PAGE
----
Swimming & Epilepsy

Courtesy of Epilepsy Action

Three little ducksSwimming is an excellent way to keep in shape yet many people are frightened in case they or their children have a seizure in the water. This leaflet aims to show that with a few sensible precautions people with epilepsy can enjoy all the benefits of swimming quite safely.

Swimming is often a very sociable activity. Children for example may feel left out if they are barred from swimming just because of epilepsy while all their classmates are playing or learning to swim in the pool. Such segregation increases the feeling of being ‘different’ or an outsider. Other children may then react unfavourably and the child with epilepsy can feel rejected.

Everyone should learn how to swim especially children with epilepsy – it helps with self-confidence with social skills and relationships and most importantly it’s fun!

Often those of us with epilepsy may want to swim but are prevented by family friends teachers or swimming pool staff. Other people sometimes imagine the worst and decide on our behalf that it is not worth the risk. If so this page should help calm those fears but for extra reassurance they can telephone the
Freephone Helpline on 0808 800 5050.

Research shows that few seizures actually occur in the water. This may be because when a person is enjoyably occupied they are less likely to have a seizure. All sports and pastimes including swimming can help to improve seizure patterns in some people. However it is impossible to be certain that a seizure will not occur so it is essential to follow a few simple safety measures.

Safety first

  • Never swim alone and do not take risks.

  • Make sure there is a qualified life-saver present (perhaps a friend or relative could learn). If there isn’t one swim no deeper than your supervisor’s or companion’s shoulder height.

  • Always tell a person in charge if you have epilepsy.

  • Check that the person in charge or your companion knows what to do if you have a seizure.

  • If you can practice with your companion what to do in the event of a seizure – this will boost your confidence and theirs.

  • Swimming in the sea lakes or very cold water is dangerous – be sensible.

  • If unwell don’t swim.

  • Avoid overcrowded situations.

Good buddies do it together

Those of us with epilepsy can find it embarrassing to be ‘supervised’ especially if we are the only person being watched over. Swimming in pairs is an American idea known as the Buddy System and it is becoming popular in the UK. It is especially useful in swimming classes because it means everyone has a partner taking attention away from the person with epilepsy. It also enables life-saving to be taught in pairs and teaches us all to be aware of other people’s safety.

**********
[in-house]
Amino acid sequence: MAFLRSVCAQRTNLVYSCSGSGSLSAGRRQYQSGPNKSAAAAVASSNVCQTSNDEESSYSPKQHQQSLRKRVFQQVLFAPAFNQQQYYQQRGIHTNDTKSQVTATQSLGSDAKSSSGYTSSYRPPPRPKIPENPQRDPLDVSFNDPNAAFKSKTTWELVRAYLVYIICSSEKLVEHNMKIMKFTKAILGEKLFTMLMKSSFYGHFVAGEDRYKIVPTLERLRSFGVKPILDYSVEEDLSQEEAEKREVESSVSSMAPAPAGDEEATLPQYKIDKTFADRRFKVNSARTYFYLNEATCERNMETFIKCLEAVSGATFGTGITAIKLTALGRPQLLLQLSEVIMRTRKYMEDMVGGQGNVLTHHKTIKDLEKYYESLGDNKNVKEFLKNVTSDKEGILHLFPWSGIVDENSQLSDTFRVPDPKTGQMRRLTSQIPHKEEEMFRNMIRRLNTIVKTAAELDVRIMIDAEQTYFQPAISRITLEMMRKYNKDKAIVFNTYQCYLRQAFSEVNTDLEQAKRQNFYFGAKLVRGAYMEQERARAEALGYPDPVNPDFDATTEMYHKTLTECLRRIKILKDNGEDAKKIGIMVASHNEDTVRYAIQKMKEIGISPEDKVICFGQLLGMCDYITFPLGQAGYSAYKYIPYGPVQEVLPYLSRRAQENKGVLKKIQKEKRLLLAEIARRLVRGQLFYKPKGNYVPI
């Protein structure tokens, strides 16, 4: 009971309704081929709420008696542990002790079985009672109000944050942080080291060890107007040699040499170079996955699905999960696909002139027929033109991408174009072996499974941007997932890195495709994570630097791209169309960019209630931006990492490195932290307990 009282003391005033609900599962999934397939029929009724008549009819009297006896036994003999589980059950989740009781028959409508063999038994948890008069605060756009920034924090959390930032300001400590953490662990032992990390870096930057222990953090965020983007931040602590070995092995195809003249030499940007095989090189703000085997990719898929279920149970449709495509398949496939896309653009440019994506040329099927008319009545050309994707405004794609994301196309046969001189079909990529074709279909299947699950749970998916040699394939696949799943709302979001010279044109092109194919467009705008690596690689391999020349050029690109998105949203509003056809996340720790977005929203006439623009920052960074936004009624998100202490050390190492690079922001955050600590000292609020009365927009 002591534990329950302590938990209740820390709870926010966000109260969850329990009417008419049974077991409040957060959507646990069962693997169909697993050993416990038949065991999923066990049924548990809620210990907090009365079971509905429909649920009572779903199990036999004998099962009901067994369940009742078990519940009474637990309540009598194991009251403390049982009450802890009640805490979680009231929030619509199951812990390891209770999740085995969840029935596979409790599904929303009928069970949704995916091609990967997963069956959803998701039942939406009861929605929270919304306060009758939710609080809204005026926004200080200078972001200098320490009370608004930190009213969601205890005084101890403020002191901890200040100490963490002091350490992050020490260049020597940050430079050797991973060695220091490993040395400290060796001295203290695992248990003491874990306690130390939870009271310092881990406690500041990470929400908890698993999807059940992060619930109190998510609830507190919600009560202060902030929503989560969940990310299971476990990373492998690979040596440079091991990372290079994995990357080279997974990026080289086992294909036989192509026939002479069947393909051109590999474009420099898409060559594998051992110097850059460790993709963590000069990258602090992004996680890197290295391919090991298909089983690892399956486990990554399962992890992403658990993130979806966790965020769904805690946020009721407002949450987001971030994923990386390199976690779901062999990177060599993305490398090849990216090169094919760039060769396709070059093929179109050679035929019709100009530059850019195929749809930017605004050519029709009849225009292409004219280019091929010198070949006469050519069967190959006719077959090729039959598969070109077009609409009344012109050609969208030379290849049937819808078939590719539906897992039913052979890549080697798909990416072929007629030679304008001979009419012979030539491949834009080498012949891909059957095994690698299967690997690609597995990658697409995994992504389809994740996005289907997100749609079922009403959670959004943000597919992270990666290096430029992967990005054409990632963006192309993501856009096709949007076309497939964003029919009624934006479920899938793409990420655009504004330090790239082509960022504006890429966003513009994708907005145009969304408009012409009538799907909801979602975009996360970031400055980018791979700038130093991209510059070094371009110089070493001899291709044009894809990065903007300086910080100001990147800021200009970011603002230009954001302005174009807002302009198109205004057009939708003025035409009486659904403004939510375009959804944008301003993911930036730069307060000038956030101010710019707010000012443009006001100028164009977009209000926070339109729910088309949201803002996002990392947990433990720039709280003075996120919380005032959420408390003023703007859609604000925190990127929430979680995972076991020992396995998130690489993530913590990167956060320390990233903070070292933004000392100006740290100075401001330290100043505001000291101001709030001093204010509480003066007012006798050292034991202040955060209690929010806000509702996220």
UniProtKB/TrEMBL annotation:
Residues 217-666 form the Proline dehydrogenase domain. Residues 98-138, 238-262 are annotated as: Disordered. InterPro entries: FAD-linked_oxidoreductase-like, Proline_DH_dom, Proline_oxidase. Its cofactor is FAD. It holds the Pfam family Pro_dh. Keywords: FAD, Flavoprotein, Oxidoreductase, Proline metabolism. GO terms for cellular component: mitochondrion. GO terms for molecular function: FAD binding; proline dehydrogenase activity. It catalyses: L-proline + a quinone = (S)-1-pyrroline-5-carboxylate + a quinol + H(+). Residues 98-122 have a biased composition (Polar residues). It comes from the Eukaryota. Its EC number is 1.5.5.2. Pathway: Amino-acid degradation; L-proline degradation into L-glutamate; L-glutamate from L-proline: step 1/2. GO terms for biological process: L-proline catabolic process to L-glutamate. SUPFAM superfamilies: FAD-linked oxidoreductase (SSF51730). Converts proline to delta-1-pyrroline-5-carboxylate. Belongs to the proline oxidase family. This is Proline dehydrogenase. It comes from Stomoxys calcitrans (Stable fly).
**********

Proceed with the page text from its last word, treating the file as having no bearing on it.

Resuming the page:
Once or twice during the session someone blows a whistle and you must be able to touch your partner immediately. If you can’t it means you are too far away from each other and you have ‘lost’. An agreed forfeit may then be paid. If this partnering method cannot be used it may be better for the ‘supervisor’ to stay out of the water in case prompt action is needed. Whichever method is used supervision needs to be discreet.

How to deal with a seizure in the water

Not all people with epilepsy have convulsions. Some may simply go blank for a few seconds (absences) others may make repeated aimless movements for a minute or two (partial seizures). These last two seizure types do not usually require emergency action but care needs to be taken that the person does not sink. When they recover gently ask if they would like to get out of the water. They may not realise what happened or they may feel groggy.

The basic guidelines are:

  1. Do not be afraid the seizure will probably not last long. 

  2. From behind hold the swimmer’s head above water. 

  3. If possible tow the person to shallow water.

  4. Do not restrict movements or place anything in the mouth. 

  5. Once abnormal movement has stopped move the swimmer to dry land. 

  6. If water has been swallowed take the usual resuscitation measures. 

  7. Place the swimmer on his or her side to recover. 

  8. Only call an ambulance if the person goes from one seizure to another without regaining consciousness or if the seizure lasts longer than normal or if there is injury or a lot of water has been swallowed. 

  9. If possible recovery should be in a private place.

  10. Stay with the person until they feel better.

Should I ask my doctor before going swimming?

It is a good idea to speak to your doctor first particularly if the epilepsy is largely uncontrolled. Both of you need to take into account the type severity and frequency of the seizures known triggers such as noise stress excitement etc. whether there is any warning before a seizure and what supervision is available.

However if you really want to swim find a safe and suitable way to do it using all the recommendations listed here. Those of us with epilepsy should not allow it to ruin our quality of life and being a non-swimmer is far more dangerous than learning to swim in a safe and supervised environment.

Further advice on epilepsy and swimming is available from Epilepsy Action by using the Email Helpline or if you live in the UK by phoning the Freephone Helpline on 0808 800 5050.

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